A year after Hurricane Maria, many Puerto Ricans are just beginning to rebuild. The slow pace of recovery is not only a failure of the Federal Emergency Management Agency, but reflective of the ongoing colonial relationship of the island to the U.S. government. While Puerto Ricans are U.S. citizens, President Trump publicly denies their humanity, concocting a delusion that the island did not actually lose the thousands of lives reported.

Displaced Puerto Ricans who have settled in the U.S. face a climate of discrimination and exclusion. A study based on cellphone data found that between October 2017 and February 2018, almost 400,000 Puerto Ricans left the island, and about 150,000 landed in Florida. These U.S. citizens arrived to find themselves scapegoated as Spanish-speaking migrants, and disenfranchised of their rights to equal participation in democracy.

In August Demos filed a lawsuit against the Florida Secretary of State and 32 Florida counties for not providing elections materials in Spanish as the law requires, even as thousands of displaced Puerto Ricans increase the state’s Spanish-speaking electorate. One of the plaintiffs in the case is Marta Rivera, who came to Florida in October after losing everything in Hurricane Maria. In early September, a federal judge granted a preliminary injunction ordering Florida counties to provide bilingual elections materials in time for this November’s election.

Climate change, its toxic impacts, and the displacement it causes aggravate the social exclusion and discrimination faced by communities of color and poor communities. Not only is climate change exacerbated by billionaire fossil fuel executives who fund politicians to block meaningful solutions, it also expands existing social inequality and environmental apartheid. Extreme weather events become “threat multipliers,” increasing health risks to communities already living near hazardous facilities, as in the case of Houston or Wilmington, and displacing communities and exposing them to heightened disenfranchisement, as in the case of Puerto Ricans in Florida.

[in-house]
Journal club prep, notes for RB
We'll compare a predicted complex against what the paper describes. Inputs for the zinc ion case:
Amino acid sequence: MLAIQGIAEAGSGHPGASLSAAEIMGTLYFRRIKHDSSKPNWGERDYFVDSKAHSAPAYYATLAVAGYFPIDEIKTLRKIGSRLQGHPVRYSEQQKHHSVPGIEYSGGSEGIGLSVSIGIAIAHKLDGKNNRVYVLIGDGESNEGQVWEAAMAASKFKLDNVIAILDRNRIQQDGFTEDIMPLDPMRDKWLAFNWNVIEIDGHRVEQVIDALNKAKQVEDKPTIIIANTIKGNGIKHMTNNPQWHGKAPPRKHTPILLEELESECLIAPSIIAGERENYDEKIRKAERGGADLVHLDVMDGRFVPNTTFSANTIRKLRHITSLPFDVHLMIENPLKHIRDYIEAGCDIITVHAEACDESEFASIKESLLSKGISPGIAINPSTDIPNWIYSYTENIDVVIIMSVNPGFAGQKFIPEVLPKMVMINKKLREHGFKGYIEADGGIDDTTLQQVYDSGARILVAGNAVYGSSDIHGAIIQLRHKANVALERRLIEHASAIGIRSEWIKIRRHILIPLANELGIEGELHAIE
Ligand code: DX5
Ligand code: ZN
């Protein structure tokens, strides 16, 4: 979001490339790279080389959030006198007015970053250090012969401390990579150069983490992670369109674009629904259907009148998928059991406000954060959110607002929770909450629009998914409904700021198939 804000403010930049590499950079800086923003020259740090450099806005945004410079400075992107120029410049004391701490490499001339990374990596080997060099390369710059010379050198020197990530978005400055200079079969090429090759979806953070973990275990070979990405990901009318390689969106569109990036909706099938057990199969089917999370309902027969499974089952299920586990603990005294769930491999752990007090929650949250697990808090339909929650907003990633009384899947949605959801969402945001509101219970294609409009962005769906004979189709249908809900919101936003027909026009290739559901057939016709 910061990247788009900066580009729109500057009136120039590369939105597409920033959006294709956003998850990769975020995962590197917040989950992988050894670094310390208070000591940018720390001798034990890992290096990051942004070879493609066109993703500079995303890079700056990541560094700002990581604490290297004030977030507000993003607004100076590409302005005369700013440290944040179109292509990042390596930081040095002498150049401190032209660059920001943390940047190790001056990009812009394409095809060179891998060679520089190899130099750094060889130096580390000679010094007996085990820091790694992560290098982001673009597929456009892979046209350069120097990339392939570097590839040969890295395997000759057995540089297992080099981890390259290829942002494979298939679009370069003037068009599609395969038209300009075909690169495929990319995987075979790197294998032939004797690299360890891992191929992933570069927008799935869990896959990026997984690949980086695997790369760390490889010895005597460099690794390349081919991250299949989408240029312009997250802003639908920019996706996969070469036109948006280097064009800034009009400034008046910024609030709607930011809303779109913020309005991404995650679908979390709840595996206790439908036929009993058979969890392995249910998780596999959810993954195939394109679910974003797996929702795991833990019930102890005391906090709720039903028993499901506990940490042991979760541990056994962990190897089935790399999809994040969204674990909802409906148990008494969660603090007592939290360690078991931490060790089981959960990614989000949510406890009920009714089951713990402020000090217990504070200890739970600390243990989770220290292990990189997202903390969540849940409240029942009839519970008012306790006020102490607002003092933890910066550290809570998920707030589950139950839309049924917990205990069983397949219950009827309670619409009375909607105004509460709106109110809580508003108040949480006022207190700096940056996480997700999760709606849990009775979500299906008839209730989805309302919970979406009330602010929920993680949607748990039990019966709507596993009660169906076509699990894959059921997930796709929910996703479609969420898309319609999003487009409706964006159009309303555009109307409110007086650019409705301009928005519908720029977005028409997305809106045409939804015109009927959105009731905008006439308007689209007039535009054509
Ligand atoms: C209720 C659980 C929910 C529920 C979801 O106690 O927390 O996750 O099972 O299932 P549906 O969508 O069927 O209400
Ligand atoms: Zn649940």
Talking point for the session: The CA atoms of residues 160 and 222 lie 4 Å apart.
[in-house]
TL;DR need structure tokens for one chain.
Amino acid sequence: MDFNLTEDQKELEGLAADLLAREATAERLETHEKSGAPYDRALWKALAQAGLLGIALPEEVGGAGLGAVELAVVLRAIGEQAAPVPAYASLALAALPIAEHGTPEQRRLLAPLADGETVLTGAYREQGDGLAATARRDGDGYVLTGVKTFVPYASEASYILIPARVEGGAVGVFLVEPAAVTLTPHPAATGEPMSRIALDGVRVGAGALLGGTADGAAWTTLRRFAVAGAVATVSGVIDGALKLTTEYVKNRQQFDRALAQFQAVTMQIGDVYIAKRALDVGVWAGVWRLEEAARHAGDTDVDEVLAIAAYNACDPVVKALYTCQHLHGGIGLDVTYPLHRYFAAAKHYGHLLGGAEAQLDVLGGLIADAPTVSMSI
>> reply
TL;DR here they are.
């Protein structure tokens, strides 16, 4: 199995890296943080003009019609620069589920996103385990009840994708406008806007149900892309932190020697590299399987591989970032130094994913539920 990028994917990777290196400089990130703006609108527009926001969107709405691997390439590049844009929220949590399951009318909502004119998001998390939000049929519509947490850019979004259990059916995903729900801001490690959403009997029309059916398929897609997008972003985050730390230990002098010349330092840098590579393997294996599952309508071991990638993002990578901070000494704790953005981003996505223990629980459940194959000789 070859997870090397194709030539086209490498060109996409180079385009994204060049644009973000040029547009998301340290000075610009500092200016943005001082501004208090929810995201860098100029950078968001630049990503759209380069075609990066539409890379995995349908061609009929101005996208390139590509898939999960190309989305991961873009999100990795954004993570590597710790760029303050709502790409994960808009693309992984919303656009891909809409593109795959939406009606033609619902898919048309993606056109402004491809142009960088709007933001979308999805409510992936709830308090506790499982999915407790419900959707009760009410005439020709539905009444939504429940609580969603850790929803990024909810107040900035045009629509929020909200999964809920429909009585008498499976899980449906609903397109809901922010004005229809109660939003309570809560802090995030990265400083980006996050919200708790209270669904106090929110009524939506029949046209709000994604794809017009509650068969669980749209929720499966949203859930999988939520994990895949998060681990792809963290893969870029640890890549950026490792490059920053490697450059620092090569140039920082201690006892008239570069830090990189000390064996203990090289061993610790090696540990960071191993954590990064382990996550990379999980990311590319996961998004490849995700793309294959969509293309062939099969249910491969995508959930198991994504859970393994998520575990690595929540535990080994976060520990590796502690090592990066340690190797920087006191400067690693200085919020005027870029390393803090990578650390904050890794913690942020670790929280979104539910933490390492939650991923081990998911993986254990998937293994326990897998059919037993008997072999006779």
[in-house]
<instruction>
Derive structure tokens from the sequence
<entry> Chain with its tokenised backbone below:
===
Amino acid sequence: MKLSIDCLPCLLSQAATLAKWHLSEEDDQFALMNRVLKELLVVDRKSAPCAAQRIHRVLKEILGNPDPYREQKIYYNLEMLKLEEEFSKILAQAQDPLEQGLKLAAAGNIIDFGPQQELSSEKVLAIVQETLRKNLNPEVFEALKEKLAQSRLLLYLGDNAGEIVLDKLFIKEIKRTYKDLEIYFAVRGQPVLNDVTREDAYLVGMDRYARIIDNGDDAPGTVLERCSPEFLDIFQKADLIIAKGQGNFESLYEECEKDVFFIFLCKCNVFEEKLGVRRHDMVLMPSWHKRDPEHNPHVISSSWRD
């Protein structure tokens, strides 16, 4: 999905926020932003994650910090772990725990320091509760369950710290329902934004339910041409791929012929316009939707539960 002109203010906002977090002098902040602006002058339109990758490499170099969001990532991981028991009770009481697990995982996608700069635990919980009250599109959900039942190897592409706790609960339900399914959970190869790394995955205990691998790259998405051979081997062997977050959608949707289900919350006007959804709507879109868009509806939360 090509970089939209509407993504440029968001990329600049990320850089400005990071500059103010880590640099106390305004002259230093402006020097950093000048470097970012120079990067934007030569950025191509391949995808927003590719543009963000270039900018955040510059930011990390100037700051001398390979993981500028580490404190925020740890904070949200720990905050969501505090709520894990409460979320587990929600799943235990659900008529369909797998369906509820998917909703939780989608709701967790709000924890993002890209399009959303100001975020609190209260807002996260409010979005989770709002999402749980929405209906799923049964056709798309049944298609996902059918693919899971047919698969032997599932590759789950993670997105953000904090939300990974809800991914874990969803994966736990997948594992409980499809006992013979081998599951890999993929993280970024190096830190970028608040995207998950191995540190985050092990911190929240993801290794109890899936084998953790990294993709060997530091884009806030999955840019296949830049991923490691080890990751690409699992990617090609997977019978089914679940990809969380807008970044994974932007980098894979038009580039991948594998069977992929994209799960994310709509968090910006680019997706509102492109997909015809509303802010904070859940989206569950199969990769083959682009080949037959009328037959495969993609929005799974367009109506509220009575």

On this anniversary of Hurricane Maria, as communities in the Carolinas continue to face rising waters, achieving a just recovery will require more than phasing out fossil fuels from our economy. Most importantly, climate justice will require fixing our broken democracy to release the stranglehold of the fossil fuel industry on politicians. It will require radical inclusion of impacted peoples in the political process, so that black and brown bodies are no longer relegated to absorbing the brunt of climate catastrophe.


Support a just recovery from Hurricane Florence in North Carolina

Please consider making a tax-deductible donation to the Hurricane Florence Relief Fund, set up by North Carolina WARN, a 30-year old environmental justice organization working with frontline communities in the state.

To learn more ways that you can support grassroots organizations engaged in on-the-ground long-term recovery work please visit A Just Florence Recovery.